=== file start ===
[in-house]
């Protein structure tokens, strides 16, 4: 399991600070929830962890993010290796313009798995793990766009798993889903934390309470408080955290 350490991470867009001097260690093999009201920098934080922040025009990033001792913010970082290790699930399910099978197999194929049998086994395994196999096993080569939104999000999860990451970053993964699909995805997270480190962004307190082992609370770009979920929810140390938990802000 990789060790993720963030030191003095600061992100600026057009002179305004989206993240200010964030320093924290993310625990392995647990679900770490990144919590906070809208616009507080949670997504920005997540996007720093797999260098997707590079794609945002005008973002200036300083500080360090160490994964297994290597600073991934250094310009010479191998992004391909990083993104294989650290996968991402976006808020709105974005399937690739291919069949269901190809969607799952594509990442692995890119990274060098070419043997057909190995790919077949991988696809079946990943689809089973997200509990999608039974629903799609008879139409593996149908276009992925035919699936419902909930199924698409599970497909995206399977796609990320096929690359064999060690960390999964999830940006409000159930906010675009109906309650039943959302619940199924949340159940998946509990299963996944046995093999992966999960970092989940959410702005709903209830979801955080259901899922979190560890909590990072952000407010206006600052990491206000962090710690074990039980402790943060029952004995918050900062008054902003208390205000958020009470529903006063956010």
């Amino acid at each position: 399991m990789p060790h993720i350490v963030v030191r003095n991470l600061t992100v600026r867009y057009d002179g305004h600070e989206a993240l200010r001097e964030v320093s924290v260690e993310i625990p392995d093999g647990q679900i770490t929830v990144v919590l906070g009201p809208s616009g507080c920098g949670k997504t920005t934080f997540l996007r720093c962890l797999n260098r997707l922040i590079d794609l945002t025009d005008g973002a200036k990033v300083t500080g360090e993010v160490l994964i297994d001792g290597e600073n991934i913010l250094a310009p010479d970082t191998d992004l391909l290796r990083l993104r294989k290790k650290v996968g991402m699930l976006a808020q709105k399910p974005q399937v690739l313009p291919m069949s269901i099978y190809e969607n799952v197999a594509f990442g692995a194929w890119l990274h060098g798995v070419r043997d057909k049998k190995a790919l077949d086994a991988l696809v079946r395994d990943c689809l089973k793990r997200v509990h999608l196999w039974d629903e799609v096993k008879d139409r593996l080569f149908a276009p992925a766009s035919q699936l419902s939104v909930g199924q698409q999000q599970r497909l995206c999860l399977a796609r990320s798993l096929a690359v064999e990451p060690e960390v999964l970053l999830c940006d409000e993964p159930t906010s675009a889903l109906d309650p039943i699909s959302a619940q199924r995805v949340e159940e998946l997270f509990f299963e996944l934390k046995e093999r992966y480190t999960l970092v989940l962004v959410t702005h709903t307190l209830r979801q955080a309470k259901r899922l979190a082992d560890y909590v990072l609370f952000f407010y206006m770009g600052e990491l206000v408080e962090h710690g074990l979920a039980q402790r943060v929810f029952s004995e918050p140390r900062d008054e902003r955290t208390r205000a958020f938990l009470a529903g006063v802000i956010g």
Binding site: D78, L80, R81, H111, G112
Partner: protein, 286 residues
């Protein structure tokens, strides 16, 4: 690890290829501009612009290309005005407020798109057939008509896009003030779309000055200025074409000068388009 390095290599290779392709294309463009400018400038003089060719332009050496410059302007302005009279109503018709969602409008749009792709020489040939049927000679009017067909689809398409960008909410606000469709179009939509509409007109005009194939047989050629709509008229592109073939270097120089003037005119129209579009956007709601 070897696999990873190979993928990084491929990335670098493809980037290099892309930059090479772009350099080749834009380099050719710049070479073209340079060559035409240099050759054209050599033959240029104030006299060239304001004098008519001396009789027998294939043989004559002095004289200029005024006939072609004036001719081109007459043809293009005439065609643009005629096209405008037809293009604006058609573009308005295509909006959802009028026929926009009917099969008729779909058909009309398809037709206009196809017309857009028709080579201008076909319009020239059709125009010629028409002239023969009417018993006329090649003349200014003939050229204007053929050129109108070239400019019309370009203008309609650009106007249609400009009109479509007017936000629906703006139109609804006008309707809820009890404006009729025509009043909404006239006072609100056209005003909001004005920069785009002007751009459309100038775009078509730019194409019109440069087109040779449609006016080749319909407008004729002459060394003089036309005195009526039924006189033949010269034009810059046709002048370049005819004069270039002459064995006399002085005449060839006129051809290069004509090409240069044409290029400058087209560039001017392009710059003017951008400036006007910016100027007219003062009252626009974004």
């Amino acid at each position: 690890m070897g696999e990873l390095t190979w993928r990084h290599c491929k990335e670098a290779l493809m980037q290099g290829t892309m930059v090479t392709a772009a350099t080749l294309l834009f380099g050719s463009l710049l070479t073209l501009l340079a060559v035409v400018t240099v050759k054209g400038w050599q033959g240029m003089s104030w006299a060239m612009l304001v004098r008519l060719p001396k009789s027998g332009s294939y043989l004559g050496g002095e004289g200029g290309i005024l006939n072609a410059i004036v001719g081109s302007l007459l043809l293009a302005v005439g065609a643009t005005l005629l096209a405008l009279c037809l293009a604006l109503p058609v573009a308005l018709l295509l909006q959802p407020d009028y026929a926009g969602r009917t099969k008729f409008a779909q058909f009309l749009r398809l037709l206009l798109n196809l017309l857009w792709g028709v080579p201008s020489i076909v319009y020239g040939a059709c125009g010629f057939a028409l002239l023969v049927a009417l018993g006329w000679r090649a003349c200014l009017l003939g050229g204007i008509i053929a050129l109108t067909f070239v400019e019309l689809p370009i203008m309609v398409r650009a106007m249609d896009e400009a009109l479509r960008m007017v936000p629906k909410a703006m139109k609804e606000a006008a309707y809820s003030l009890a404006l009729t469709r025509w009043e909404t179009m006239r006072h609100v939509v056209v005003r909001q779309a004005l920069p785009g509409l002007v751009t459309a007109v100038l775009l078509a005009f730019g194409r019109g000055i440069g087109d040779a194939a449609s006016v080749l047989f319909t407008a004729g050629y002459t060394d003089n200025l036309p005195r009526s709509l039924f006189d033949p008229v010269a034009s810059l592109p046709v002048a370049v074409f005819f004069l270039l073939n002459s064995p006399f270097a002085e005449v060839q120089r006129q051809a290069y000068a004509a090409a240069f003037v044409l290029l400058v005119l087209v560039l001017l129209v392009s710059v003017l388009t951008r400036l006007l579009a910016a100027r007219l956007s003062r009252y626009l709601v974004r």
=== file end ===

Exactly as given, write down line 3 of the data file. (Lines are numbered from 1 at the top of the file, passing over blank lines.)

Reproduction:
């Amino acid at each position: 399991m990789p060790h993720i350490v963030v030191r003095n991470l600061t992100v600026r867009y057009d002179g305004h600070e989206a993240l200010r001097e964030v320093s924290v260690e993310i625990p392995d093999g647990q679900i770490t929830v990144v919590l906070g009201p809208s616009g507080c920098g949670k997504t920005t934080f997540l996007r720093c962890l797999n260098r997707l922040i590079d794609l945002t025009d005008g973002a200036k990033v300083t500080g360090e993010v160490l994964i297994d001792g290597e600073n991934i913010l250094a310009p010479d970082t191998d992004l391909l290796r990083l993104r294989k290790k650290v996968g991402m699930l976006a808020q709105k399910p974005q399937v690739l313009p291919m069949s269901i099978y190809e969607n799952v197999a594509f990442g692995a194929w890119l990274h060098g798995v070419r043997d057909k049998k190995a790919l077949d086994a991988l696809v079946r395994d990943c689809l089973k793990r997200v509990h999608l196999w039974d629903e799609v096993k008879d139409r593996l080569f149908a276009p992925a766009s035919q699936l419902s939104v909930g199924q698409q999000q599970r497909l995206c999860l399977a796609r990320s798993l096929a690359v064999e990451p060690e960390v999964l970053l999830c940006d409000e993964p159930t906010s675009a889903l109906d309650p039943i699909s959302a619940q199924r995805v949340e159940e998946l997270f509990f299963e996944l934390k046995e093999r992966y480190t999960l970092v989940l962004v959410t702005h709903t307190l209830r979801q955080a309470k259901r899922l979190a082992d560890y909590v990072l609370f952000f407010y206006m770009g600052e990491l206000v408080e962090h710690g074990l979920a039980q402790r943060v929810f029952s004995e918050p140390r900062d008054e902003r955290t208390r205000a958020f938990l009470a529903g006063v802000i956010g």